What to Write in a Sympathy Note

Elderly Care
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You're not the first person to sit down to write a sympathy note -- and then wonder what to say. Sympathy note messages need not be long, but they are important, and welcomed by grieving family members. Before you pick up a pen -- and a handwritten note is far preferable to sending an e-mail or leaving a voicemail message -- here are some time-tested tips to help make the task less intimidating.

Don't wait. Sending a sympathy card or note that lets a family know they're in your thoughts is always better than silence. This is true whether the death has just occurred or you're only learning about it months after the fact. It's never too late to write a condolence note. But avoid including an explanation or an excuse for your tardiness; being busy at work or away on vacation will sound inconsequential in the context.

Be as brief or as long as feels right to you. Your note need not be lengthy; the most effective expressions of sympathy are often brief. The key ingredient is sincerity. The aim is simply for you to convey to the recipient the soothing message that you're thinking of him or her and sending support. But there's no hard-and-fast rule. If you have more to say that's focused on the person who died, you might enclose a longer condolence letter with your card.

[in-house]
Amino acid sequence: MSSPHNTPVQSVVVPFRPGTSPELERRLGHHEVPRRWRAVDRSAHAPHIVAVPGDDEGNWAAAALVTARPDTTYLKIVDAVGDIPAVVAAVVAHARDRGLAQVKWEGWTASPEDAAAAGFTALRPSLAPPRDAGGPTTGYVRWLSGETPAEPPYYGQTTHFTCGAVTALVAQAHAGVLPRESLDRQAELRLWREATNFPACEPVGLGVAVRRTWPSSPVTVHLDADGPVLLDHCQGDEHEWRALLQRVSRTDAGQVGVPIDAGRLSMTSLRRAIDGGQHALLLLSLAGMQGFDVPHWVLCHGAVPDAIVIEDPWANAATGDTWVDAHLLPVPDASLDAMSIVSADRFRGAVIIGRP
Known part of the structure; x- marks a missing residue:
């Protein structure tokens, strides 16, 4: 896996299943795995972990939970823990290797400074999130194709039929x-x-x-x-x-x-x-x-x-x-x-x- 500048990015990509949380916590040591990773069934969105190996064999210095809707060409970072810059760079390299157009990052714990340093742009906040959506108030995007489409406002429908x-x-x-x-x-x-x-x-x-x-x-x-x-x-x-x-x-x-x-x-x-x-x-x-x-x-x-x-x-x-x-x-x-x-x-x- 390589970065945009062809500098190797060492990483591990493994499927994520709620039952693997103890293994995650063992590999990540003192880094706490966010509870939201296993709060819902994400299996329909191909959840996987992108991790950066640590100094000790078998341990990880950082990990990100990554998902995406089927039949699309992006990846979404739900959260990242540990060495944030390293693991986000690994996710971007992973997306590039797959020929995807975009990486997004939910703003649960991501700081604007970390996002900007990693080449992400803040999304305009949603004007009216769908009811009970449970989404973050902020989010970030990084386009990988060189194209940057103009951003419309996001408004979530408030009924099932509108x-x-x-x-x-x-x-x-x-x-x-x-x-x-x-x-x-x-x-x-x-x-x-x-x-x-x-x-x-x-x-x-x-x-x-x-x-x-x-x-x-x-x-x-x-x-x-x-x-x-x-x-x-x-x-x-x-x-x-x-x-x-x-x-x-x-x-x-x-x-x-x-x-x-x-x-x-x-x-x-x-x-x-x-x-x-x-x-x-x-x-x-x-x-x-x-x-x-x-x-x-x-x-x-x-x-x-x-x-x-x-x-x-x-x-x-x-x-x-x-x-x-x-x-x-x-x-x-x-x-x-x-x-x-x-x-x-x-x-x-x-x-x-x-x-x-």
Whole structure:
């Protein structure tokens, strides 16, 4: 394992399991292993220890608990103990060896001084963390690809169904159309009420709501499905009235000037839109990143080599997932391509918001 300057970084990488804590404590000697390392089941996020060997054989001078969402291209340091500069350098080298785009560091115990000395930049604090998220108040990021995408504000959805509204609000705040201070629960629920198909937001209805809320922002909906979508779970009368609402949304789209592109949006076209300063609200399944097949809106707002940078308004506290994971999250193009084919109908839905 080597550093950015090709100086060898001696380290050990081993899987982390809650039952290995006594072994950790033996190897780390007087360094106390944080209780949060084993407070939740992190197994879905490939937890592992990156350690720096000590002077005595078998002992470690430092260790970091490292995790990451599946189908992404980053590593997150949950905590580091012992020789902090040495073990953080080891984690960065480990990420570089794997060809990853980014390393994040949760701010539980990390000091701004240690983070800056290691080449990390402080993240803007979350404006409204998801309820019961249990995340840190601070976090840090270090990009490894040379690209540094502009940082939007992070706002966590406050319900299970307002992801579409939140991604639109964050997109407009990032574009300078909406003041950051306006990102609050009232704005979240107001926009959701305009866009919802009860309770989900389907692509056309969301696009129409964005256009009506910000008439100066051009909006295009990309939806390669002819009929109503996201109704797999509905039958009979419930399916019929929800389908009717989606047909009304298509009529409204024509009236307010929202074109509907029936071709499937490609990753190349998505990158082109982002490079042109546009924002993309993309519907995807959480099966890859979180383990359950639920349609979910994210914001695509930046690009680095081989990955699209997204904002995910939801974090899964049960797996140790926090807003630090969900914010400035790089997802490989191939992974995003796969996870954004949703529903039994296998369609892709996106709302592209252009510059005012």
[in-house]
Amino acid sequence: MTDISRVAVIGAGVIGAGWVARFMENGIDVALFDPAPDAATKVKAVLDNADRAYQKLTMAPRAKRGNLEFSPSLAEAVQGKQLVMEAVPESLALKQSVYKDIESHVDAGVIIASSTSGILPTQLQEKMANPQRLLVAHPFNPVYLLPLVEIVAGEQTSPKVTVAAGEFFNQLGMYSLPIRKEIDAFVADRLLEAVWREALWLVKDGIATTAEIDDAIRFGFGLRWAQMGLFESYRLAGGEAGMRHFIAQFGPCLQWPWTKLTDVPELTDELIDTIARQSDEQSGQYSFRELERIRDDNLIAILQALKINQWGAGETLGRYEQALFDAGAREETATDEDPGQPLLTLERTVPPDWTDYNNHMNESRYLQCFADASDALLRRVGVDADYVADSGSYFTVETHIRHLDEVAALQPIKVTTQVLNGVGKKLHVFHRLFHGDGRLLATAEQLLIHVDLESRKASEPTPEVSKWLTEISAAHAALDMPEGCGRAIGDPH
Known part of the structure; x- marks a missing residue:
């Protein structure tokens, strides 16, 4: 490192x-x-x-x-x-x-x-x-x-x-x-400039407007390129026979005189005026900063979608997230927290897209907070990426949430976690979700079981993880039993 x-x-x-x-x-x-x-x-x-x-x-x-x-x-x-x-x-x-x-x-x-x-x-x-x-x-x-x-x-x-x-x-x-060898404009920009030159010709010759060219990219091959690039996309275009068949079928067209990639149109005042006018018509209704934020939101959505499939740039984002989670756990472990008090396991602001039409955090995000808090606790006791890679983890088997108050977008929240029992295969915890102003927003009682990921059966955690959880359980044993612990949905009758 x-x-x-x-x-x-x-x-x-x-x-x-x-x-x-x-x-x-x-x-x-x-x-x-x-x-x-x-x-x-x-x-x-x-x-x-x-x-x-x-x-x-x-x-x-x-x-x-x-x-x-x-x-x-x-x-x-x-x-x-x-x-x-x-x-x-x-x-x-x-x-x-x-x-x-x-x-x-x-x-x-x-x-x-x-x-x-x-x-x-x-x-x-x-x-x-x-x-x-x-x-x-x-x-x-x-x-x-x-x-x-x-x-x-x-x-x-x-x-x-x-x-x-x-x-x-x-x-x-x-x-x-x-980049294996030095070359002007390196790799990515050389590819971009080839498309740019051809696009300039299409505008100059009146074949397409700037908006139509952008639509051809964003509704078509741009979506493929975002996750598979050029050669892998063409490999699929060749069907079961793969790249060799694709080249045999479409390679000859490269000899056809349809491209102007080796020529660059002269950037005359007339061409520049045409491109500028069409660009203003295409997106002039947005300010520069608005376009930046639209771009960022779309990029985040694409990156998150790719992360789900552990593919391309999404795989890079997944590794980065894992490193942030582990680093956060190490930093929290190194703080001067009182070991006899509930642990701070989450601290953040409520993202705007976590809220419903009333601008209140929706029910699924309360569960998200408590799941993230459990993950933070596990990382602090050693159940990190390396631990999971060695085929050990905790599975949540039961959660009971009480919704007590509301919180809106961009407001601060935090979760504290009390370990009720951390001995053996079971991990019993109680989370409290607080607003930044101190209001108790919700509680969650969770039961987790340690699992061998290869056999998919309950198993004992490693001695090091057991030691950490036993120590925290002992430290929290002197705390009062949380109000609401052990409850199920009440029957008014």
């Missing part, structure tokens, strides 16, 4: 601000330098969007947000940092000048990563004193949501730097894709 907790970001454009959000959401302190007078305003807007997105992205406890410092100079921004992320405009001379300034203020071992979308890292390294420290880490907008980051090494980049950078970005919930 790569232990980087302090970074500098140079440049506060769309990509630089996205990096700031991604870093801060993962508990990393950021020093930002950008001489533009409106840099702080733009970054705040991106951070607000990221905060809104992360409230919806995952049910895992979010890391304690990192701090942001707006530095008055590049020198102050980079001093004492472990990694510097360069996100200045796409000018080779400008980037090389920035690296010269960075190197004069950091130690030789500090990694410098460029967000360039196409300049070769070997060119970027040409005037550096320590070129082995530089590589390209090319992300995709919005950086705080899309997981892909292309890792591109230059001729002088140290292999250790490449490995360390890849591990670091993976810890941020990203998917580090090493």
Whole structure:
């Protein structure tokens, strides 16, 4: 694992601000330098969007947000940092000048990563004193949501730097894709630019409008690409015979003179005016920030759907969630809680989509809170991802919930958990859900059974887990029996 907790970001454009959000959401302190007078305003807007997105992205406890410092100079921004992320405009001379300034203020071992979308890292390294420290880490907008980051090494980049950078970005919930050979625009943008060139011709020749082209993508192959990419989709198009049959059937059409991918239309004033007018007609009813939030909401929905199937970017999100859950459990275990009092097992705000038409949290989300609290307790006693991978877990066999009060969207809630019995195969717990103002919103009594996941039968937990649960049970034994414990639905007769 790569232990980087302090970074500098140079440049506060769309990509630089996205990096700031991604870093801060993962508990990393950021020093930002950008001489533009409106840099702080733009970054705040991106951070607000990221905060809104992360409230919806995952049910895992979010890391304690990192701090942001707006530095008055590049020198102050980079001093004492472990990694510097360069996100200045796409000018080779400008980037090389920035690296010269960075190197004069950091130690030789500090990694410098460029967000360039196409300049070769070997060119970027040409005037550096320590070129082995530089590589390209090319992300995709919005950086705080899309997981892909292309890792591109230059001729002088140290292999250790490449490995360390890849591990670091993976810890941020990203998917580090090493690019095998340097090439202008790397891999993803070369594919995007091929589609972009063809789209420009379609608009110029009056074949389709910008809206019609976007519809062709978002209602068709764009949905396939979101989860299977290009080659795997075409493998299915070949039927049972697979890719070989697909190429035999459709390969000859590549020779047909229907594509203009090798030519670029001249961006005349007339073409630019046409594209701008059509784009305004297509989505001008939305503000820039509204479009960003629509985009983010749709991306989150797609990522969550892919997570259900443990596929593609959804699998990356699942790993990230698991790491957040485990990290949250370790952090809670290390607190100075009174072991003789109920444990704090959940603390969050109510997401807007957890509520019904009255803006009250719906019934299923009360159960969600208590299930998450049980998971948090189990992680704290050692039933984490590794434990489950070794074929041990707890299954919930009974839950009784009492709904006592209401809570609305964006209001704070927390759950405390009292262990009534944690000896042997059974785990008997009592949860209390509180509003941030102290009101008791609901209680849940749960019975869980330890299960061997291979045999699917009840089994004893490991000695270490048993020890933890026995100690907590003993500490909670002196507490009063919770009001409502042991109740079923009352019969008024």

Keep yourself out of it. Even if you haven't seen or contacted the recipient for a while, concentrate the content of your note on the matter at hand -- extending sympathy -- rather than on updating him or her about news of your life and other events. Also, resist the common tendency to inject recounting your own loss in the note such as: "I remember how bad I felt when my dad died" or "I will never get over losing Michelle." That can have the effect of feeling annoying or belittling to the person who has suffered the most recent loss, and who will need to mourn it in his or her own way.

Rely on common conventions if you don't know what to say. Wondering what to write in a sympathy card doesn't mean you need to reinvent the wheel. Phrases often used:

  • With deepest sympathy,
  • Our heartfelt condolences,
  • My heart goes out to you and your family.
  • I'm so sorry for your loss
  • ____ will be sorely missed.
  • Your family is in my thoughts and prayers.

If the person who died wasn't well known to you, it's appropriate to simply include an expression like one of these and your signed name. For further inspiration, see our sample sympathy note for situations when you don't know the deceased well.

Get personal. Use the deceased's name rather than just a description of the relationship, such as husband, mother, or brother. For example: "I'm so sorry about John's sudden death" or "We'll all miss Maryann," rather than "Accept my condolences regarding your husband's death."

Don't be afraid to talk about the deceased. Some people think they're being more sensitive by not mentioning the fact that someone has died, or that doing so will only contribute to the mourner's sadness and grief. But many survivors say their favorite sympathy note messages contained specific comments about the person who died: an anecdote that captured the person's personality, comments on how the person inspired or taught them or made them happy. Celebrating the legacy of the person who died is always appropriate when you write a condolence note.